There are 8 BITS in a BYTE. Therefore, if your home network is running at 10mbps, that is 10 MegaBITS. When you are transferring files, internet explorer and just about every other program in the world use BYTES to measure speeds. This is why you see the 700KB/s, that is 700 kiloBYTES.

To do the conversion, turn the megabits into kilobits by multiplying by 1024. So, it would be safe approximate that the speed of your home network translates to about 10,240 KiloBITS. Now to transfer to kiloBYTES, you just divide that number by 8. The number you get should be 1,280 which would be 1,280KiloBYTES per second of transfer or roughly 1.2MegaBYTES. Unfortunately because of TCP/IP overhead and various other factors, you will never see that speed.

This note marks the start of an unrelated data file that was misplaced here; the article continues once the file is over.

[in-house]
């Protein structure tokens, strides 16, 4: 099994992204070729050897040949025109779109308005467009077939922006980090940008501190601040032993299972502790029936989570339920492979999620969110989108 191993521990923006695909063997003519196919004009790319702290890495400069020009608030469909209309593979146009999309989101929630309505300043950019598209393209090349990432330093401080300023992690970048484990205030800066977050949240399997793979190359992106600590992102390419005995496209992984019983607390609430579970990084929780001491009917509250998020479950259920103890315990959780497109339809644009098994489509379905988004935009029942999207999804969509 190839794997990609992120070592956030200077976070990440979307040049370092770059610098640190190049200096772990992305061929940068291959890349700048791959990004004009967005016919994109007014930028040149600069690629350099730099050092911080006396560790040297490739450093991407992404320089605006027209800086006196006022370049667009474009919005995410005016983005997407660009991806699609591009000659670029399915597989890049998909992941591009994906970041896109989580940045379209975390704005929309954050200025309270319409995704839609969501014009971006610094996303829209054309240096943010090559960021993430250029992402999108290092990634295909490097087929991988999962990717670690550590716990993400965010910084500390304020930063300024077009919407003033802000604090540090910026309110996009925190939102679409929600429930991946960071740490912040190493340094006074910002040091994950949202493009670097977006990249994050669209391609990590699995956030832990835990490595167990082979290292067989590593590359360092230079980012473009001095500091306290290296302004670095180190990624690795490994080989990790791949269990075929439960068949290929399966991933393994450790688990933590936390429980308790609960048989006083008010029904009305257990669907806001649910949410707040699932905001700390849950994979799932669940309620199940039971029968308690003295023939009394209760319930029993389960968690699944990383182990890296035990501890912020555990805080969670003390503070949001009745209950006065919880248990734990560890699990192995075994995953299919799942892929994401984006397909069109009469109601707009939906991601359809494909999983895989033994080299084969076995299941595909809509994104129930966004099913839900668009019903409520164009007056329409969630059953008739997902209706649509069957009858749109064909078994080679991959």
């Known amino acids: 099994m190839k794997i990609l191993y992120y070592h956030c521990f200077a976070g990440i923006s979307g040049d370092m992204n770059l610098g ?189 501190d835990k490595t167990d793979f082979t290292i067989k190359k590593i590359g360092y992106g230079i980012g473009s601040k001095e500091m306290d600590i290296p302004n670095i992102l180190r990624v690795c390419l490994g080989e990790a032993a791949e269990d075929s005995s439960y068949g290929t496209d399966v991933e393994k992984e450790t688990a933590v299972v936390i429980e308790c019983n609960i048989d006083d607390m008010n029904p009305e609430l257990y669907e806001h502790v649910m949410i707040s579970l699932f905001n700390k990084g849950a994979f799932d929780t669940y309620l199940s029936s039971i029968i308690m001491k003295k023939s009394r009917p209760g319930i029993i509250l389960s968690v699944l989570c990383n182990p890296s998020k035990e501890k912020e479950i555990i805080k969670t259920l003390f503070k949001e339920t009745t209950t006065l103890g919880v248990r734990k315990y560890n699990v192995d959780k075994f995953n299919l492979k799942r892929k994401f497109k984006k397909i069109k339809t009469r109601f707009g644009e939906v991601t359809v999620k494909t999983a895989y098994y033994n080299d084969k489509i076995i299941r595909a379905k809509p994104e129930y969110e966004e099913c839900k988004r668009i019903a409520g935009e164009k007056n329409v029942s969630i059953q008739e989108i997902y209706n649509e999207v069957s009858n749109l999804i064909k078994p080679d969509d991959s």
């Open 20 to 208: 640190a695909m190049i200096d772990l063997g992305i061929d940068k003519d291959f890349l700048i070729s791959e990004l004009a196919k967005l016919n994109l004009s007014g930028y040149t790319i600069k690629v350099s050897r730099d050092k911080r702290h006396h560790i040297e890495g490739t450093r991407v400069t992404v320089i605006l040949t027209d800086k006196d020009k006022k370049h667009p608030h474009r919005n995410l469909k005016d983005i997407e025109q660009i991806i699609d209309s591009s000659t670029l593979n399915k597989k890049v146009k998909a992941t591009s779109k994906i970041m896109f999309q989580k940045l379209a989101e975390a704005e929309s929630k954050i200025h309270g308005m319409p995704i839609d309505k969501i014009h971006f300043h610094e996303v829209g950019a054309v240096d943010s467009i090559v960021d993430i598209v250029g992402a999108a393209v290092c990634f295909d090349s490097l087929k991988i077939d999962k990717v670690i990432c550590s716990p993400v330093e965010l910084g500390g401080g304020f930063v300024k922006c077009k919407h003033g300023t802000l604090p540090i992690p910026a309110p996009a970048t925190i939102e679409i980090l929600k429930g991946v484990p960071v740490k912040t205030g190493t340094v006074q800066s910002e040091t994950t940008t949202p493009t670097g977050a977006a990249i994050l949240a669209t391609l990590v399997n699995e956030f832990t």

For a lot of us, we have 1.5mbps(down) ADSL. The fastest speeds I have ever seen on a 1.5mpbs DSL line was 163KB/s, even though if you do the math, the fastest speed should be 192KB/s. I still dont quite understand why they sell bandwith in bits when its measured in bytes, that just tends to throw people off.

In any case,

click here for a matrix that might show you what I am saying a little better.